‘Ex Libris’ is Booked with Library Footage

Ex Libris: New York Public Library is a Legendary documentarian Frederick Wiseman explores the New York City Public Library as it enters the digital age.

Although many may think libraries are a dying institution, Wiseman beautifully shows how they continue to thrive in a digitized world.

However, at close to three-and-a-half-hours, it can be a challenging watch.

Instead of employees or patrons of the New York Public Library approach the camera and explain to the audience how each function benefits their community, Wiseman brilliantly lets the camera roll during the events to show of the library’s importance, rather than tell of it.

There are a myriad of programs provided by the library like classes on how to read braille, job fairs, robotics clubs, slam poetry, and author conversations that help bring a community together through education.

Outside of programs, patrons can use the many educational resources of a library like books, microfilm, laptops, and take-home broadband hotspots for those who do not have an internet connection.

Behind all of the library’s functions, there are meetings concerning their budget and patrons, where the president and his administration discuss how they can improve the public institution.

There are plenty of meetings where the president encourages funding from both public and private resources to tackle their current problems in the technologically fast-paced world, like digitalizing their entire print collection.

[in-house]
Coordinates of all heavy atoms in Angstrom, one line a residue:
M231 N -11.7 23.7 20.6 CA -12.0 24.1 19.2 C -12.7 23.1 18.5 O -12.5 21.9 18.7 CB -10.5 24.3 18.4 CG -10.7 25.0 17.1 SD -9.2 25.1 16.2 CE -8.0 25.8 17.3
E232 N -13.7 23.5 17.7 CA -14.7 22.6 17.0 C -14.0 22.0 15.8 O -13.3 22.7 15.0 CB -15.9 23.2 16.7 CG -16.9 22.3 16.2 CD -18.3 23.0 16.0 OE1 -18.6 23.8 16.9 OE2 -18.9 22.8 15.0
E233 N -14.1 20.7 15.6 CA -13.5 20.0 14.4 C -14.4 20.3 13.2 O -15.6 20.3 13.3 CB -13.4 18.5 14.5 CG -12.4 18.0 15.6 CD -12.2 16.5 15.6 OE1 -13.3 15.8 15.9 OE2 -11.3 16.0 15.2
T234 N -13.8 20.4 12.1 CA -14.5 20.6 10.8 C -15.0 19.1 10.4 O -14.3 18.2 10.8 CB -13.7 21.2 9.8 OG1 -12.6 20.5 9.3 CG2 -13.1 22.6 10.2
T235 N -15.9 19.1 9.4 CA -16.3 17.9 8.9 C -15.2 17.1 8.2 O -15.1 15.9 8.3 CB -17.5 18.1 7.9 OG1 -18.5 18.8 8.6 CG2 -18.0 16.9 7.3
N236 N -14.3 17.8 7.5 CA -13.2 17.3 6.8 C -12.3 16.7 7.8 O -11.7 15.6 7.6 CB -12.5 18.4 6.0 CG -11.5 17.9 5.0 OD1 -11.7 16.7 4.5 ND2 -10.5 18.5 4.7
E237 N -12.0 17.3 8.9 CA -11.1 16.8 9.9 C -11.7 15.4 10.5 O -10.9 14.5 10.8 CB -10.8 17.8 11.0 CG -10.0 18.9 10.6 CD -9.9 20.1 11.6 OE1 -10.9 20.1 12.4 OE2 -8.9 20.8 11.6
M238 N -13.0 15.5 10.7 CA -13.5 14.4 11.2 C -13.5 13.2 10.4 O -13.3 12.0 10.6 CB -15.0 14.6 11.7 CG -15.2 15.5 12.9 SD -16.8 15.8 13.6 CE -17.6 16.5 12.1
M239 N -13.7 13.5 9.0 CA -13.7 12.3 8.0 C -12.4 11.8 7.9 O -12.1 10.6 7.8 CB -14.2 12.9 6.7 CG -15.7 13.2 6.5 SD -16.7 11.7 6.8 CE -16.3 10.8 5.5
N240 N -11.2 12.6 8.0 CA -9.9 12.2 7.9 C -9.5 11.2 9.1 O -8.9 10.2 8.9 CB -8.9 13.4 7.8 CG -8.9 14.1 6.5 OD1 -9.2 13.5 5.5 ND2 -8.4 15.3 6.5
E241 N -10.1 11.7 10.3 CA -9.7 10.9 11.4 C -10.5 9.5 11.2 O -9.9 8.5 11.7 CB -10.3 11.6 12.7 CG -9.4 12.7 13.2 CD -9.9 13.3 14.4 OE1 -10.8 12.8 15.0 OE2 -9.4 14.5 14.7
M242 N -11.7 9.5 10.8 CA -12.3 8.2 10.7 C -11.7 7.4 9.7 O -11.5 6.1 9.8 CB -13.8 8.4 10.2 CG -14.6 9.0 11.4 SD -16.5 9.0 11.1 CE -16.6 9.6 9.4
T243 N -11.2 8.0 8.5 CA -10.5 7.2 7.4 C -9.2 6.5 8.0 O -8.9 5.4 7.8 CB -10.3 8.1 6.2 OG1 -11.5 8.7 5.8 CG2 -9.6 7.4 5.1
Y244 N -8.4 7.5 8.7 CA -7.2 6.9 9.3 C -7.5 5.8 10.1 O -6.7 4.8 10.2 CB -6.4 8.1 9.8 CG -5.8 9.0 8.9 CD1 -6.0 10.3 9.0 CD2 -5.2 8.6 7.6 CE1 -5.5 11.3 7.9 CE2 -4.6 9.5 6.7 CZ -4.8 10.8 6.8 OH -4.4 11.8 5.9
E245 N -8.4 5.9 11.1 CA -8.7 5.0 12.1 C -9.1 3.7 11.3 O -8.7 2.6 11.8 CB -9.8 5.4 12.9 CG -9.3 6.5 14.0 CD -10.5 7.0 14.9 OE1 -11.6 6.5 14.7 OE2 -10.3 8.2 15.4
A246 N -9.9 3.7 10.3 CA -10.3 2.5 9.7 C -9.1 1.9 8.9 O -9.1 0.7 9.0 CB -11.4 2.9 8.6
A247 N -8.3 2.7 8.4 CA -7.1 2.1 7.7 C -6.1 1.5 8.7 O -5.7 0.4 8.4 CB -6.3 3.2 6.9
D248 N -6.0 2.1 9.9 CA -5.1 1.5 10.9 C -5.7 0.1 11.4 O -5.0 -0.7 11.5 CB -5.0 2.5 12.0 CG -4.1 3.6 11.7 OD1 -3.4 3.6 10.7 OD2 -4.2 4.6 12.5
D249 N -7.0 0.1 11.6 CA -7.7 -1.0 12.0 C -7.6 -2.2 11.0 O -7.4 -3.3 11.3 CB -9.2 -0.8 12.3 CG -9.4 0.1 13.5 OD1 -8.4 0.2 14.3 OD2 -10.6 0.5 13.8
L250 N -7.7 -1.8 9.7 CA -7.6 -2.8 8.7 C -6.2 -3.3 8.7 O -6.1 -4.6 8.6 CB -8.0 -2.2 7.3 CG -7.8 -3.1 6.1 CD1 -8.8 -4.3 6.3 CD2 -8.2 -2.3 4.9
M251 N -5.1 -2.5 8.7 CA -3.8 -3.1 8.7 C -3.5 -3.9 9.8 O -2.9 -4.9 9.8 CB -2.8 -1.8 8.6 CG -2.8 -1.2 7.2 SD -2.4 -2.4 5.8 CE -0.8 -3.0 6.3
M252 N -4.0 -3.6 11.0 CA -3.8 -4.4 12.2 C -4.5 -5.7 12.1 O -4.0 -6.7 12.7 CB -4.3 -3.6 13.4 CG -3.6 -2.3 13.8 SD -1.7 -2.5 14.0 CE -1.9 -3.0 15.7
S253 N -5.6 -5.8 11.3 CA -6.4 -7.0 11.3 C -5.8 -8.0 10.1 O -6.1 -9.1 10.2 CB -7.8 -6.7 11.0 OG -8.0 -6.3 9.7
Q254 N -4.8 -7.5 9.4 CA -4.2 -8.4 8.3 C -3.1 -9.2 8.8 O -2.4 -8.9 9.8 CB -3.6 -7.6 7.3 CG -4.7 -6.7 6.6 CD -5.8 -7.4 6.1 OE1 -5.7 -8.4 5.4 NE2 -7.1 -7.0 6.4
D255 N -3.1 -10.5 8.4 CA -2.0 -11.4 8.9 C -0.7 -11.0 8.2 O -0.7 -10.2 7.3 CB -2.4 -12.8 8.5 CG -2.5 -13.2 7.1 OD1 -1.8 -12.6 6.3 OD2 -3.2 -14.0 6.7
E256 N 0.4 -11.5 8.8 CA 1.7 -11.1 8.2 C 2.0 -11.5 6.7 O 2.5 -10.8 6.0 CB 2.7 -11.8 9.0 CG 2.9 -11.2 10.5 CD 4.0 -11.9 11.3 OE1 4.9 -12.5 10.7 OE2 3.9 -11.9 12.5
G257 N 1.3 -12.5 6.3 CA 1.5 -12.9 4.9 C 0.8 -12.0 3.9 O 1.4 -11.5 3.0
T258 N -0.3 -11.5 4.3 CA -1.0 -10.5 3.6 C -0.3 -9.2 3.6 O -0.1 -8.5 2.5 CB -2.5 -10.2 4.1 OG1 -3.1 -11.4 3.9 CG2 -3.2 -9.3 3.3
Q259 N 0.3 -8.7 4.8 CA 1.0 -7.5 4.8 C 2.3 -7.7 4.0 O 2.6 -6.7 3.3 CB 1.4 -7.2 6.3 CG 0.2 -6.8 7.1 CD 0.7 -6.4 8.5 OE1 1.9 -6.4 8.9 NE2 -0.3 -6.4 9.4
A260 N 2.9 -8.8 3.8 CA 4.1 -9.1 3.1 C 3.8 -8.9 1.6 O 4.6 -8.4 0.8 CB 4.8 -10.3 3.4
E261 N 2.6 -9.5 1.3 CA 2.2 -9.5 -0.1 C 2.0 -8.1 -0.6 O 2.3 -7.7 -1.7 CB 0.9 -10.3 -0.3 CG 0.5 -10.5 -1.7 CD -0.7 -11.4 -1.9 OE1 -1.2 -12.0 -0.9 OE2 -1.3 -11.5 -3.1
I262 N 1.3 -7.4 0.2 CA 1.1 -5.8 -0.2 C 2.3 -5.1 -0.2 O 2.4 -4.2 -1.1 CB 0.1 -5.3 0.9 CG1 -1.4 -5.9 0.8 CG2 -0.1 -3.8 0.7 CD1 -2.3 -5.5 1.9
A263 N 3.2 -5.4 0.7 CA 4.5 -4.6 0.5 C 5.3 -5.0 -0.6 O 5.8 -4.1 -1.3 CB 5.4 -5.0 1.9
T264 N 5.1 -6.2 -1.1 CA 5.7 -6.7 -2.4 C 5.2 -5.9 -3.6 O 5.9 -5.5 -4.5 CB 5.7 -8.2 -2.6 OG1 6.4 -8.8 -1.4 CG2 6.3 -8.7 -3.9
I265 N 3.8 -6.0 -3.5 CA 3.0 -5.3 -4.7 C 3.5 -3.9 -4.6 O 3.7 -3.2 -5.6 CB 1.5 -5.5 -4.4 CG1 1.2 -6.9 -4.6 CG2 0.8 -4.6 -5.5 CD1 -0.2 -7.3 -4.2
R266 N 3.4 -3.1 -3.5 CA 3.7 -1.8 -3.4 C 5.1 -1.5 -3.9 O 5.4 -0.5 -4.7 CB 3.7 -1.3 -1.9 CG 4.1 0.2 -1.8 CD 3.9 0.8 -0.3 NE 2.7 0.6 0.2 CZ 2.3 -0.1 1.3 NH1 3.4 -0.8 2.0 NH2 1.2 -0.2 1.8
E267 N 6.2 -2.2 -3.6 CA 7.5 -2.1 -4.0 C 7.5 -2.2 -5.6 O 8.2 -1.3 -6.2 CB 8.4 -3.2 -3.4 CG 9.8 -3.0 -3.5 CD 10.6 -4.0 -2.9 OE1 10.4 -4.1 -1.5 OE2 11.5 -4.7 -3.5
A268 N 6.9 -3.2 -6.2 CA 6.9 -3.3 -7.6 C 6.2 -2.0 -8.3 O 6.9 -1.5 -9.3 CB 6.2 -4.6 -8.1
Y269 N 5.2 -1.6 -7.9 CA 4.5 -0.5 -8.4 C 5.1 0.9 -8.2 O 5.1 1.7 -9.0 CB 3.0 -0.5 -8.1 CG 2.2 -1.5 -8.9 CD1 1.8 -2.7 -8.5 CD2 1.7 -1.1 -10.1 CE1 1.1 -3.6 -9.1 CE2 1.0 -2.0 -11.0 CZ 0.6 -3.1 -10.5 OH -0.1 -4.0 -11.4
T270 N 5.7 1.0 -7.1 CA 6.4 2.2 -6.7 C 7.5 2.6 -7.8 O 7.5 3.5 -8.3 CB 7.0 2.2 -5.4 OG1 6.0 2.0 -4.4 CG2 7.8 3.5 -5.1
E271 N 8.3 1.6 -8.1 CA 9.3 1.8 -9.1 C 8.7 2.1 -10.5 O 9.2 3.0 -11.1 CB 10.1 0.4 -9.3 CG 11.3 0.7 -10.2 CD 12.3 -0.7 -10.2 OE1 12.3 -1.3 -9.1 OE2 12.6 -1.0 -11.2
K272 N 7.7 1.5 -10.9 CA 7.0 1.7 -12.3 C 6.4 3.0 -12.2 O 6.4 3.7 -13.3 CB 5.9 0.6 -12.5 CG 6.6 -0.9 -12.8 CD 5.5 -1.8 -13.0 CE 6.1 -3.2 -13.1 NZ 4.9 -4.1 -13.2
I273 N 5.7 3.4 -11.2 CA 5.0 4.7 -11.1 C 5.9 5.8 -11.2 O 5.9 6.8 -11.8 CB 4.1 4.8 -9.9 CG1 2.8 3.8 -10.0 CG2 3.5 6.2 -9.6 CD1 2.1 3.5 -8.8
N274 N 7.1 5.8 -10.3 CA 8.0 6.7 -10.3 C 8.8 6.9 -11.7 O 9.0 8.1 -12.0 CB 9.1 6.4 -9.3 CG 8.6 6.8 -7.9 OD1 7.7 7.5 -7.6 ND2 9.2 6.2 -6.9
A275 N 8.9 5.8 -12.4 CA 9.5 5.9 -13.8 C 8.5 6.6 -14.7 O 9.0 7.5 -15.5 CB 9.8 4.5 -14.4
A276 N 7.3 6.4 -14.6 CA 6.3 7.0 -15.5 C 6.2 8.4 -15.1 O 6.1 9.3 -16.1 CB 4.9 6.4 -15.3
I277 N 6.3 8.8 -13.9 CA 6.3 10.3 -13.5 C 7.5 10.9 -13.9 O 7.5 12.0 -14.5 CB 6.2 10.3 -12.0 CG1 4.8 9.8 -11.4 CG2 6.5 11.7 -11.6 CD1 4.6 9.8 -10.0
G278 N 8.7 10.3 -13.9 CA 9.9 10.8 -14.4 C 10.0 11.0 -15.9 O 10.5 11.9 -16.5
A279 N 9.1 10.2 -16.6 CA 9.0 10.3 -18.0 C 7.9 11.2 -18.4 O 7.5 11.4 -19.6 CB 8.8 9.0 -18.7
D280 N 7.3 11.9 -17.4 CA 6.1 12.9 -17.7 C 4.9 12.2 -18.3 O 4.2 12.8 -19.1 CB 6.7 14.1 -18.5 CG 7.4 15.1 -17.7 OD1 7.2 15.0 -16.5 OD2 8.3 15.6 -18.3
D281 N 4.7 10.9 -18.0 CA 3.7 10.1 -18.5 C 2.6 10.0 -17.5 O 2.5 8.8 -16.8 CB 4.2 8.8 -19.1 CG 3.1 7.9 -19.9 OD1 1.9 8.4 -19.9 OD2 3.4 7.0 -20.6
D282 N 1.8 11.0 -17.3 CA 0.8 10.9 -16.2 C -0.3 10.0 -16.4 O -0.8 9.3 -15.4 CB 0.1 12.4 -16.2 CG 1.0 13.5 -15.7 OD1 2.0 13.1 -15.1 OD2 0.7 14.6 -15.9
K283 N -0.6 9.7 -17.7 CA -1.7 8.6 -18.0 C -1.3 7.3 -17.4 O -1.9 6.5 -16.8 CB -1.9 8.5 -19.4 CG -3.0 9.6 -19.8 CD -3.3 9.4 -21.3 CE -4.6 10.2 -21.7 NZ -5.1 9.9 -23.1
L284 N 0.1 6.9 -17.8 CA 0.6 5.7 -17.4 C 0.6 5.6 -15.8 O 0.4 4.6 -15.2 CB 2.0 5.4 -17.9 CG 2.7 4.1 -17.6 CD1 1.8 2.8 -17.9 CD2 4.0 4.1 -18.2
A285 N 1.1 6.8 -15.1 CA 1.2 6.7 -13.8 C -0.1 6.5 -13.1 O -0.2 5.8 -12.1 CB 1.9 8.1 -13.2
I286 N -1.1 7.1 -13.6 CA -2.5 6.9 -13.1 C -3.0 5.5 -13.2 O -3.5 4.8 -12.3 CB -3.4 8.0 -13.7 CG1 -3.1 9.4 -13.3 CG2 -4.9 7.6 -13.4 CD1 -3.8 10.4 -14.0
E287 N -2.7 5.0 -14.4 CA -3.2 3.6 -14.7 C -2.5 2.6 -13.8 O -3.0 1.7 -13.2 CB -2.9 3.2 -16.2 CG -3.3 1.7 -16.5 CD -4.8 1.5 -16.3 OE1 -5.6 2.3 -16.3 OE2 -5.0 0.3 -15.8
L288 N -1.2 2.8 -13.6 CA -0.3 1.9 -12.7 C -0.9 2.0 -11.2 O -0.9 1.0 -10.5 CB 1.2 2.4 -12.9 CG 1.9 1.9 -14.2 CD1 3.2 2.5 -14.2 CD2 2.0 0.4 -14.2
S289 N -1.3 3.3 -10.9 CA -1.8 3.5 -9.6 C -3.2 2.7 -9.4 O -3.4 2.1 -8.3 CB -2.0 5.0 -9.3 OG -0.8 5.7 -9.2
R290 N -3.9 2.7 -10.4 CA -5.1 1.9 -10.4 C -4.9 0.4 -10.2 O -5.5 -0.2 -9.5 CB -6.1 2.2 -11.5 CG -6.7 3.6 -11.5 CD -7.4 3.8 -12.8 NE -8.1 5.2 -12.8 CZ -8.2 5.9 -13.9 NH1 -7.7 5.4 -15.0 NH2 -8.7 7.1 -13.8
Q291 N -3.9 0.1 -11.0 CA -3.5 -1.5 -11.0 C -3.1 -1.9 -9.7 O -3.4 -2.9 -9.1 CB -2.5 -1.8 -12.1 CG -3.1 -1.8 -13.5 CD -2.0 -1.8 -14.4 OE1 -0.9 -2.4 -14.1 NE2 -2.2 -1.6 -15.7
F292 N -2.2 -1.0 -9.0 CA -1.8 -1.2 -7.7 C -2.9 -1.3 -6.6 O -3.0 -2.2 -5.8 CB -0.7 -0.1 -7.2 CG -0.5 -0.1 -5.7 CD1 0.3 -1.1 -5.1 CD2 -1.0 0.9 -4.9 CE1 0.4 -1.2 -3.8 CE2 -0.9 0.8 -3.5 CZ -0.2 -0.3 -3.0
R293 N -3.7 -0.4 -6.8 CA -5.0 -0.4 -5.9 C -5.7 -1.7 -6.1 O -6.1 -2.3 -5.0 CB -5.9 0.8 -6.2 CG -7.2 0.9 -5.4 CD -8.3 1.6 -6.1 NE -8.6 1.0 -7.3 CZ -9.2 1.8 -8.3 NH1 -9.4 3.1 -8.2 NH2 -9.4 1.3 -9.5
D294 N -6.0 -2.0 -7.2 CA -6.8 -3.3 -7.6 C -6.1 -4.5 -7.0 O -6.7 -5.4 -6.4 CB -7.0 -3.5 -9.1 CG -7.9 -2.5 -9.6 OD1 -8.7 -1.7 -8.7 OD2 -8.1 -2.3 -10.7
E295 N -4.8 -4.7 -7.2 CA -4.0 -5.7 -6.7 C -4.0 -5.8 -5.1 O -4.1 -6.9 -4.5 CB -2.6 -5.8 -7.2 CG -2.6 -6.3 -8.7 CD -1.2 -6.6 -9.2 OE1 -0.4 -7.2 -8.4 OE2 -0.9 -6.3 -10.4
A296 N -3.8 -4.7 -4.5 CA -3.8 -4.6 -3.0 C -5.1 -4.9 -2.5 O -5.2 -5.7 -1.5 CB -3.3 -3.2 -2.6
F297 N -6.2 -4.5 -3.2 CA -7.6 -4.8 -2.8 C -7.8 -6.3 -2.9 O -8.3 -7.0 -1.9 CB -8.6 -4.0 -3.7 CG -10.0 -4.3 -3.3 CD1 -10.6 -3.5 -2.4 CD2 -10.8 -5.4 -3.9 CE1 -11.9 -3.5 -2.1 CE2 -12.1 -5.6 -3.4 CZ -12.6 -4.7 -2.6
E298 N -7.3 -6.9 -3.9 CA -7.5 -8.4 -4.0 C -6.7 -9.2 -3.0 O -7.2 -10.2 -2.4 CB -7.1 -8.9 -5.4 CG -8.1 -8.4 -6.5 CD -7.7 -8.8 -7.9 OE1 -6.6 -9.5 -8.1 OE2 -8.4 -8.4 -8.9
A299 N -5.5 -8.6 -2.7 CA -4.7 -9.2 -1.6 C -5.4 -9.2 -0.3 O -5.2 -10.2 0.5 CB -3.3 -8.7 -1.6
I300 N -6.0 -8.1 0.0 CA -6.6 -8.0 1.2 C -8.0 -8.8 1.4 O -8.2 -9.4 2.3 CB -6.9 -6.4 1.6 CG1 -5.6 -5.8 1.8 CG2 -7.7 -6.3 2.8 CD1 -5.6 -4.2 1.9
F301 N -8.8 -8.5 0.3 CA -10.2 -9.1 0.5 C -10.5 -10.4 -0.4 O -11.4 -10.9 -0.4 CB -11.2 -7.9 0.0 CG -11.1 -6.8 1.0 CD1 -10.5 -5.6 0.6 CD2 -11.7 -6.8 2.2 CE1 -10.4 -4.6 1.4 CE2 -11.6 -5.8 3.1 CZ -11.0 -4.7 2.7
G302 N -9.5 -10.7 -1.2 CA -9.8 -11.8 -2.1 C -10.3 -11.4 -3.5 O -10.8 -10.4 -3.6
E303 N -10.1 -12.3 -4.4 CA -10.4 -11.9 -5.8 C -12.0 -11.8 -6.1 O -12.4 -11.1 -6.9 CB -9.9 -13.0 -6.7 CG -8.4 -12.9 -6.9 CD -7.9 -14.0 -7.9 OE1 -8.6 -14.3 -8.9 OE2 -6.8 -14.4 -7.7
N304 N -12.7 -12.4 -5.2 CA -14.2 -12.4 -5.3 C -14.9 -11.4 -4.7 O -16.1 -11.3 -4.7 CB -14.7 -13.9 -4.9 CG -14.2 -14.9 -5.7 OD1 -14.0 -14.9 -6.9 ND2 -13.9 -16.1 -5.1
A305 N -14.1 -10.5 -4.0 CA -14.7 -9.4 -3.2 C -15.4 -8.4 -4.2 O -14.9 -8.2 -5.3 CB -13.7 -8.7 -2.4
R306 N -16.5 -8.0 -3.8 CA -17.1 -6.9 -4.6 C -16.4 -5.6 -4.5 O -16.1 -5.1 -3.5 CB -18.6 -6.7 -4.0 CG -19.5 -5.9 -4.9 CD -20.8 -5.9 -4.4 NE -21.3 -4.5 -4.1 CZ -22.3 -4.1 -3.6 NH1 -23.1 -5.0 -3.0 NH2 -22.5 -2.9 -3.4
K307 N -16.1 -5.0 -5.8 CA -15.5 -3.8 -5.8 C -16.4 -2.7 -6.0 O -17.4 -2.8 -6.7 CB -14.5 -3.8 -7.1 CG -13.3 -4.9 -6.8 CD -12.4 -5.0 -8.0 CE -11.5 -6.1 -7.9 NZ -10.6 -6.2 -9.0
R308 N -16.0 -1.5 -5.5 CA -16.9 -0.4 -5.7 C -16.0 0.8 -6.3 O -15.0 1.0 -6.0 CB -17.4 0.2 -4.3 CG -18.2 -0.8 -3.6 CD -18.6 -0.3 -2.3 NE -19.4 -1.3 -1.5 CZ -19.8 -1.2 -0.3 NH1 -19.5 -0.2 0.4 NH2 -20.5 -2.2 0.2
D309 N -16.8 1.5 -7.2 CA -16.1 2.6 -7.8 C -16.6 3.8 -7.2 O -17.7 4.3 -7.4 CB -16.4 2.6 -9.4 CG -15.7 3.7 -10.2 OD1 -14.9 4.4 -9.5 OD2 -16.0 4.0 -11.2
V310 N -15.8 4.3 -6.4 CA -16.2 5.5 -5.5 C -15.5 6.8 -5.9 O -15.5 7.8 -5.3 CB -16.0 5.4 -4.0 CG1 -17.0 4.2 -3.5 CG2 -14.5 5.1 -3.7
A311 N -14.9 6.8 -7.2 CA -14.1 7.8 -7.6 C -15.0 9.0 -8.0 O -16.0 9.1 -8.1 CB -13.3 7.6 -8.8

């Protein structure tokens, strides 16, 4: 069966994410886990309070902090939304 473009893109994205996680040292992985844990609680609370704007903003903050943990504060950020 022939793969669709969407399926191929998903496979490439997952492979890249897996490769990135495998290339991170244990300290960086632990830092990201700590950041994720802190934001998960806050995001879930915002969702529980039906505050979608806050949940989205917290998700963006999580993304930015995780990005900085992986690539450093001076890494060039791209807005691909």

Although the library may face this problem, it is still amazing to see many patrons continue to use microfilm and read newspapers.

Wiseman tells of all this information just by placing the camera in the middle of a function or program. For instance, during a class trip to the library’s picture collection, Wiseman captures employees explaining the importance of the collection to the class.

Another example is when the camera is sitting among those at a book club meeting, while the members discuss their opinions of the recent read.

Wiseman beautifully transitions to each function by cutting to a few outside shots of the city, then eventually making the way to a shot outside the branch where the new function is happening.

Although there are so many different things going on at the library, Wiseman lets each function bleed into the next.

The obvious issue of the documentary is its running time. With a length of three-and-a-half-hours, it can be challenging to keep interest in the library’s functions.

At around the two-hour mark, one may get the point. Although Wiseman’s approach is unique, the camera can roll for a bit too long at each event.

Staff meetings are something we all try to avoid in real life and sitting through over five can feel dull after a while. The moments that deserve the long roll time are when patrons are discussing issues in their community or smaller staff meetings where employees talk about the difficulty of attracting teens to the institution.

On the other hand, meetings about budgeting and policy get boring fast.

If Wiseman were to cut the documentary to around two to two-and-a-half-hours, it would be much more enjoyable.

Despite its ridiculous run-time, the 87-year-old documentarian beautifully pays homage to the New York Public Library. Its cinematography is well done, as Wiseman places the camera in the heat of a moment.

Through the cinematography, Wiseman is able to tell of the library’s importance in the different communities across the city.     

Additionally, through capturing meetings, Wiseman brings the institution’s problems in the digital world to the forefront. If one has the time and patience, they may want to check this out.